Lower churn comes from delivering on the fundamentals -- the fewest dropped calls of any national provider, broad coverage, feature-rich attractive handsets, exclusives in both handsets and content and great customer care. Lower churn combined with continued strength in gross adds resulted in a net subscriber gain of 1.7 million with postpaid adds up more than 40% versus the previous quarter. Cingular's revenue growth was also strong, above 9% for the second straight quarter. The details are on slide 12.
The drivers are strong subscriber growth and stabilizing ARPUs with impressive growth in data ARPU. Over the past year, subscribers are up more than 5 million and overall ARPU declined just 2.3%. If you went back a year ago, ARPU declines were mainly about overall pricing and primarily customer migration to new plans.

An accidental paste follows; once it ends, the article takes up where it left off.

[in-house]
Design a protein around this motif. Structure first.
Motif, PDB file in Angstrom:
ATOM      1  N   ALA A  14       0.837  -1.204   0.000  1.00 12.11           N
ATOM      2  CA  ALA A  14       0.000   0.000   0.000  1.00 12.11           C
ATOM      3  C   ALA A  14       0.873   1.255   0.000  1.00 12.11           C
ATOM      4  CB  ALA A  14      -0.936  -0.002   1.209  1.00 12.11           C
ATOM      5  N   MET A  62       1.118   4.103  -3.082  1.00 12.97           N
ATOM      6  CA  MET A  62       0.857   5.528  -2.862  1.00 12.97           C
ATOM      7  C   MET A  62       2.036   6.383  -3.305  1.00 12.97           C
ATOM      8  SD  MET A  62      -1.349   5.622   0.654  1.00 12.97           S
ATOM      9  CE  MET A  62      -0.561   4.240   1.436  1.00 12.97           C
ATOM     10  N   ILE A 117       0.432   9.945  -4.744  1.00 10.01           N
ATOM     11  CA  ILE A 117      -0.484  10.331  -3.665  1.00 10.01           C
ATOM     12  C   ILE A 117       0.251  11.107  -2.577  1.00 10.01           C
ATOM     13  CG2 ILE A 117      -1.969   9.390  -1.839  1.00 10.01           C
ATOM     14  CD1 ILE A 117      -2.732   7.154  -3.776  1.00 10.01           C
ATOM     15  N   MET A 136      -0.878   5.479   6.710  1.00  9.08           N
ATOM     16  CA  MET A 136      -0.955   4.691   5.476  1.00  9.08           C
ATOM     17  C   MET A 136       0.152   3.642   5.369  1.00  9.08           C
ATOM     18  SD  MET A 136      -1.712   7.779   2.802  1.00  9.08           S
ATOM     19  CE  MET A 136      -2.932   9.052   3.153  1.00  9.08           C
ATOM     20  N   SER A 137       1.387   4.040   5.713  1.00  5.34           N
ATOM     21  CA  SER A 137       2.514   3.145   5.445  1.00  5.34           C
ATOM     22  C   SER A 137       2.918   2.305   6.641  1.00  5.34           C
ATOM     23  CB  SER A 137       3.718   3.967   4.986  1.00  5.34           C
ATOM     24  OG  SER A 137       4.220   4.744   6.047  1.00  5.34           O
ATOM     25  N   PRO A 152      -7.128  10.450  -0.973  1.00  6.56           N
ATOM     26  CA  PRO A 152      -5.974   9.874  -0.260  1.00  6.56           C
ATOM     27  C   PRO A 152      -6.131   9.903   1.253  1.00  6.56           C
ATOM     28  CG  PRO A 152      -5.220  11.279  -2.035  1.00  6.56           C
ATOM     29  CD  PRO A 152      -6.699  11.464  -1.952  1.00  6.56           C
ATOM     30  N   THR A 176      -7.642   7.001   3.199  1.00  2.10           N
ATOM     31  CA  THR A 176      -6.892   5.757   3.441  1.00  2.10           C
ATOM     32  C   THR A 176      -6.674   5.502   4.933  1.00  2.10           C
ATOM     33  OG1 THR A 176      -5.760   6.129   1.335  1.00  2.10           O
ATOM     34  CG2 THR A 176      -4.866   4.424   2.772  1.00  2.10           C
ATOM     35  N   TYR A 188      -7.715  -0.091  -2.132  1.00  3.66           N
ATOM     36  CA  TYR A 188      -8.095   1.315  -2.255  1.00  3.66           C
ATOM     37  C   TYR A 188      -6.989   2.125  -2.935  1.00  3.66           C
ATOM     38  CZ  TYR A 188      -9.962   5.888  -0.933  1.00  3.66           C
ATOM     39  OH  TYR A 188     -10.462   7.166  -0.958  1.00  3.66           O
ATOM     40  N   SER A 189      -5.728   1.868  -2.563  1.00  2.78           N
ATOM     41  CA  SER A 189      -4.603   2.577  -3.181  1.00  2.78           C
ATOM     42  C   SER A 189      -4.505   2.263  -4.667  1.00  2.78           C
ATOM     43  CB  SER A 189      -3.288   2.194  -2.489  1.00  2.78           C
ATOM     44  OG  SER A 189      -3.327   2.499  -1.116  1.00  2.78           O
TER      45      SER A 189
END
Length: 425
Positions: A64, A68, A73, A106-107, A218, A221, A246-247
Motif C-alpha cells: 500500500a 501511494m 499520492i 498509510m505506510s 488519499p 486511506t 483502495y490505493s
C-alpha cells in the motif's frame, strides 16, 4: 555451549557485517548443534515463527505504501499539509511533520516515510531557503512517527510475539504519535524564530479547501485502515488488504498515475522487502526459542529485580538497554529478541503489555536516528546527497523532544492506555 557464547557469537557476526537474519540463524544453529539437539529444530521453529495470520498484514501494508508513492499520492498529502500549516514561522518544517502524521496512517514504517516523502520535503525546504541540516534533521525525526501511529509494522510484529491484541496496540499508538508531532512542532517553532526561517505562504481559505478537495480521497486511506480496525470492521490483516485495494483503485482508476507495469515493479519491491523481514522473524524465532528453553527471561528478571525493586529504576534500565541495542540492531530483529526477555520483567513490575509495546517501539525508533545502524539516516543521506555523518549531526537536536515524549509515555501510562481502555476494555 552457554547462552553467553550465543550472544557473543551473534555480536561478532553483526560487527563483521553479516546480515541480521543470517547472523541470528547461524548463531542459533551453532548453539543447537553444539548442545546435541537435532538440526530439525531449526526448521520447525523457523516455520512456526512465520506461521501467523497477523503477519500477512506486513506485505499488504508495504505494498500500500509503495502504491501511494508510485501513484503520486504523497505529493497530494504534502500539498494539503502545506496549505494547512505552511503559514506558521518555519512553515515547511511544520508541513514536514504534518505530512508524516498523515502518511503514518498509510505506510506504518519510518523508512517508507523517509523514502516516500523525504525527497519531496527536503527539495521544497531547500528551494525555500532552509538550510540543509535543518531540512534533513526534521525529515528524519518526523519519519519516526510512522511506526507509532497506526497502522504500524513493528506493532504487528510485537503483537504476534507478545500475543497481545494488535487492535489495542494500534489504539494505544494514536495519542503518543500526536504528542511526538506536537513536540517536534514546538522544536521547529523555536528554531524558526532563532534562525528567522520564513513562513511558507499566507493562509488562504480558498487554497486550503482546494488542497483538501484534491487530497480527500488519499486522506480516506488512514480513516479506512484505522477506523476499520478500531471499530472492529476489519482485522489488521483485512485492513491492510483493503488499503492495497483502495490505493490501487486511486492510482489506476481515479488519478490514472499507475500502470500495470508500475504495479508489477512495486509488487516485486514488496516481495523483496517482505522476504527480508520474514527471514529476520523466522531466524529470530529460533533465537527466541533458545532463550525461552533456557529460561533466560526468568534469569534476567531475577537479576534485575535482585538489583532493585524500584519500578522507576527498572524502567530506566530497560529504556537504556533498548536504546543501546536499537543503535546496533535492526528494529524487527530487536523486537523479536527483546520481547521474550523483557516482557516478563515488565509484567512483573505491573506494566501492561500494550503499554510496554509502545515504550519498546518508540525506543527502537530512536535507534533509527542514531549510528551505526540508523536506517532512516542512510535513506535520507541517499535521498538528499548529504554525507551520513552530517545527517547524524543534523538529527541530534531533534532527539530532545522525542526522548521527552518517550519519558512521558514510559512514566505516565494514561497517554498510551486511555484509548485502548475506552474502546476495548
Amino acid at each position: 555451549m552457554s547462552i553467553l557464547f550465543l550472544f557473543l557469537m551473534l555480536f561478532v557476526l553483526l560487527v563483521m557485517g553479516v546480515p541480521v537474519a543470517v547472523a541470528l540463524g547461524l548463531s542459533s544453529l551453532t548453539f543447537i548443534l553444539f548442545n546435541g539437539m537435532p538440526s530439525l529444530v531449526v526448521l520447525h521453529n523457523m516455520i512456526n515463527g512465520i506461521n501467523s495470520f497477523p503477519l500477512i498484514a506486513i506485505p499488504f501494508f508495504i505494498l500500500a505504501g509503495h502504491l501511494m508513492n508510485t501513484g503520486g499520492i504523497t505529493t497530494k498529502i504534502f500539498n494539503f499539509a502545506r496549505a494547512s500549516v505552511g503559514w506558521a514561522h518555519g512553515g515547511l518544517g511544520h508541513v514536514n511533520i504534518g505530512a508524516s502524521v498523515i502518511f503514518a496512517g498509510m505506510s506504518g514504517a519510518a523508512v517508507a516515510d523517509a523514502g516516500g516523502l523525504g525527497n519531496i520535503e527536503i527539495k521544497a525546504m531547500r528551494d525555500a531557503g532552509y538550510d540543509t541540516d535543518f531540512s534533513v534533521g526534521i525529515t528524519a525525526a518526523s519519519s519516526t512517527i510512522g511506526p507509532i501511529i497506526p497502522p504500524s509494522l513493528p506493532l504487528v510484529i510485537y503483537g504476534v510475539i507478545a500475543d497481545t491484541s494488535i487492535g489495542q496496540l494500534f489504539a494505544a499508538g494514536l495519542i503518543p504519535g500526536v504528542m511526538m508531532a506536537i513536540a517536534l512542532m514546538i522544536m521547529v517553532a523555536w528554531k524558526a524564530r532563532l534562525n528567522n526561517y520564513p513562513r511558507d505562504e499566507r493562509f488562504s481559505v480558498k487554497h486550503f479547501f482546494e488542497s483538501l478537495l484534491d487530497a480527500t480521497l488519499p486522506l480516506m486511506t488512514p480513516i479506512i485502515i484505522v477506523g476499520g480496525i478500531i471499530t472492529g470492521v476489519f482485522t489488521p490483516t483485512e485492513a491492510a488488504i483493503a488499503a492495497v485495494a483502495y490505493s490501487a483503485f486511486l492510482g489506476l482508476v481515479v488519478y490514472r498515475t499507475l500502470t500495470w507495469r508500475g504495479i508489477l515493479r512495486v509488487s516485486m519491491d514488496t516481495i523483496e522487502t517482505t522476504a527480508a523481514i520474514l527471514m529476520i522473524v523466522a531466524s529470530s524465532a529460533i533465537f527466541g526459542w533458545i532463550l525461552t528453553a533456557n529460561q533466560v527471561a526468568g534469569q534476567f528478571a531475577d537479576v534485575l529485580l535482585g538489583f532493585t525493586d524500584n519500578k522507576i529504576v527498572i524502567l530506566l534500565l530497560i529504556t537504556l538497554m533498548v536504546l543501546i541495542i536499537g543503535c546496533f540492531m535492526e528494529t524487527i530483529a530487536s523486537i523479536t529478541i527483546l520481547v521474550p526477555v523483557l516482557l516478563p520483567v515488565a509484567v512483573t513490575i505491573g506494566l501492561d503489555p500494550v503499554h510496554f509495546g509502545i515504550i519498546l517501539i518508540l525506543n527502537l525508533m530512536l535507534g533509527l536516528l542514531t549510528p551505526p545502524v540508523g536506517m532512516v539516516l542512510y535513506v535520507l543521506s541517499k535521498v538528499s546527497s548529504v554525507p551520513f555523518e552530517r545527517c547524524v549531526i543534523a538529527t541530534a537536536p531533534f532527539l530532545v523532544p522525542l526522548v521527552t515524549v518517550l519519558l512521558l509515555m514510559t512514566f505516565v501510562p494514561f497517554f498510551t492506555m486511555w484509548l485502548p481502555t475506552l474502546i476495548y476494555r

At this point, the numbers reflect different factors, primarily the impact of reseller ARPU, which tends to be lower and brings down the overall average. But Cingular's ARPU, excluding impacts from the growth in reseller subs, was actually up year-over-year, and that was driven by higher data ARPU.
Data ARPUs are up dramatically, as you see on this slide. In fact, we have added $0.89 of data ARPU in just the past two quarters as more customers have data capable handsets and as applications and content become more compelling.
I would point out that the first quarter data ARPU of $522 is an overall average. We include in the base all 55.8 million of our subscribers. If we were to calculate the average on our postpaid base or on our 25 million or so active data users, data ARPU obviously would be much higher.